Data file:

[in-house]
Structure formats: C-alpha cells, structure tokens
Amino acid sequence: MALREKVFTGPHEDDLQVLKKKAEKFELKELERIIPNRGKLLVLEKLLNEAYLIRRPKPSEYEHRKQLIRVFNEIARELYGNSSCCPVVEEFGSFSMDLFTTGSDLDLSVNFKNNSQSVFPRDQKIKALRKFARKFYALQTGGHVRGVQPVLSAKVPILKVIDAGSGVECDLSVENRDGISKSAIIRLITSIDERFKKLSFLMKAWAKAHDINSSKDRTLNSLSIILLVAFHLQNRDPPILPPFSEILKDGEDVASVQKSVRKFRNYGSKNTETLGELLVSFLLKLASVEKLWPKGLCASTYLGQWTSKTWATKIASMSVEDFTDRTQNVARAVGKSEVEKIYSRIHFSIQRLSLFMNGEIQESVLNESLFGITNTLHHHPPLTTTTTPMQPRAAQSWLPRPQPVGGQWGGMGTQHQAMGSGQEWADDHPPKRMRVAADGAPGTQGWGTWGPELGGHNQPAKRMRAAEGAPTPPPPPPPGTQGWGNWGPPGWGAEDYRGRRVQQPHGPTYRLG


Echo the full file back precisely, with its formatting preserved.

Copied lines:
[in-house]
Structure formats: C-alpha cells, structure tokens
Amino acid sequence: MALREKVFTGPHEDDLQVLKKKAEKFELKELERIIPNRGKLLVLEKLLNEAYLIRRPKPSEYEHRKQLIRVFNEIARELYGNSSCCPVVEEFGSFSMDLFTTGSDLDLSVNFKNNSQSVFPRDQKIKALRKFARKFYALQTGGHVRGVQPVLSAKVPILKVIDAGSGVECDLSVENRDGISKSAIIRLITSIDERFKKLSFLMKAWAKAHDINSSKDRTLNSLSIILLVAFHLQNRDPPILPPFSEILKDGEDVASVQKSVRKFRNYGSKNTETLGELLVSFLLKLASVEKLWPKGLCASTYLGQWTSKTWATKIASMSVEDFTDRTQNVARAVGKSEVEKIYSRIHFSIQRLSLFMNGEIQESVLNESLFGITNTLHHHPPLTTTTTPMQPRAAQSWLPRPQPVGGQWGGMGTQHQAMGSGQEWADDHPPKRMRVAADGAPGTQGWGTWGPELGGHNQPAKRMRAAEGAPTPPPPPPPGTQGWGNWGPPGWGAEDYRGRRVQQPHGPTYRLG